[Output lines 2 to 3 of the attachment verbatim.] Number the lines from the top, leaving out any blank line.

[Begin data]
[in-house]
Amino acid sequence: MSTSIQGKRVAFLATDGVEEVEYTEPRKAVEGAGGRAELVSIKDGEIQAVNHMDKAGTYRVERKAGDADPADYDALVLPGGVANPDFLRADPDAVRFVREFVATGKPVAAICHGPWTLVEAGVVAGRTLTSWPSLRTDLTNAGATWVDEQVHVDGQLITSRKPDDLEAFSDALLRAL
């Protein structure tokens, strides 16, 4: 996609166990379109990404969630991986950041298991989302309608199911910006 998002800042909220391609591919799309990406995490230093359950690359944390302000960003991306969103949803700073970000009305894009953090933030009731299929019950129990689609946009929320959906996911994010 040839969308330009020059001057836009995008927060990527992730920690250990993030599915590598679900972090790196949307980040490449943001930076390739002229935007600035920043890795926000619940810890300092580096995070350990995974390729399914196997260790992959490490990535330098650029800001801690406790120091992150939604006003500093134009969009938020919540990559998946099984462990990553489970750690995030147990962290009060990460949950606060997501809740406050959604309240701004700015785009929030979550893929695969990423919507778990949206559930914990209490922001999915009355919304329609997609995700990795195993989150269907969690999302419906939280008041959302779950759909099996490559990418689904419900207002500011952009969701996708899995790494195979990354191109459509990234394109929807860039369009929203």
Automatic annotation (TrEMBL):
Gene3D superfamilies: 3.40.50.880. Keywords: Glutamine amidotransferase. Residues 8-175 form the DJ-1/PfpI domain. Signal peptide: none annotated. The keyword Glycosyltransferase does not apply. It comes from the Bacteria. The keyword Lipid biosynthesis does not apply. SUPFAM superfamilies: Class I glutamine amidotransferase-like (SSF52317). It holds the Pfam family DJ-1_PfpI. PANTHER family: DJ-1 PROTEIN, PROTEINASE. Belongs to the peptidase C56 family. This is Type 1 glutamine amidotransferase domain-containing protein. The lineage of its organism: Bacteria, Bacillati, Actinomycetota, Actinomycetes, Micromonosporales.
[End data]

Amino acid sequence: MSTSIQGKRVAFLATDGVEEVEYTEPRKAVEGAGGRAELVSIKDGEIQAVNHMDKAGTYRVERKAGDADPADYDALVLPGGVANPDFLRADPDAVRFVREFVATGKPVAAICHGPWTLVEAGVVAGRTLTSWPSLRTDLTNAGATWVDEQVHVDGQLITSRKPDDLEAFSDALLRAL
């Protein structure tokens, strides 16, 4: 996609166990379109990404969630991986950041298991989302309608199911910006 998002800042909220391609591919799309990406995490230093359950690359944390302000960003991306969103949803700073970000009305894009953090933030009731299929019950129990689609946009929320959906996911994010 040839969308330009020059001057836009995008927060990527992730920690250990993030599915590598679900972090790196949307980040490449943001930076390739002229935007600035920043890795926000619940810890300092580096995070350990995974390729399914196997260790992959490490990535330098650029800001801690406790120091992150939604006003500093134009969009938020919540990559998946099984462990990553489970750690995030147990962290009060990460949950606060997501809740406050959604309240701004700015785009929030979550893929695969990423919507778990949206559930914990209490922001999915009355919304329609997609995700990795195993989150269907969690999302419906939280008041959302779950759909099996490559990418689904419900207002500011952009969701996708899995790494195979990354191109459509990234394109929807860039369009929203």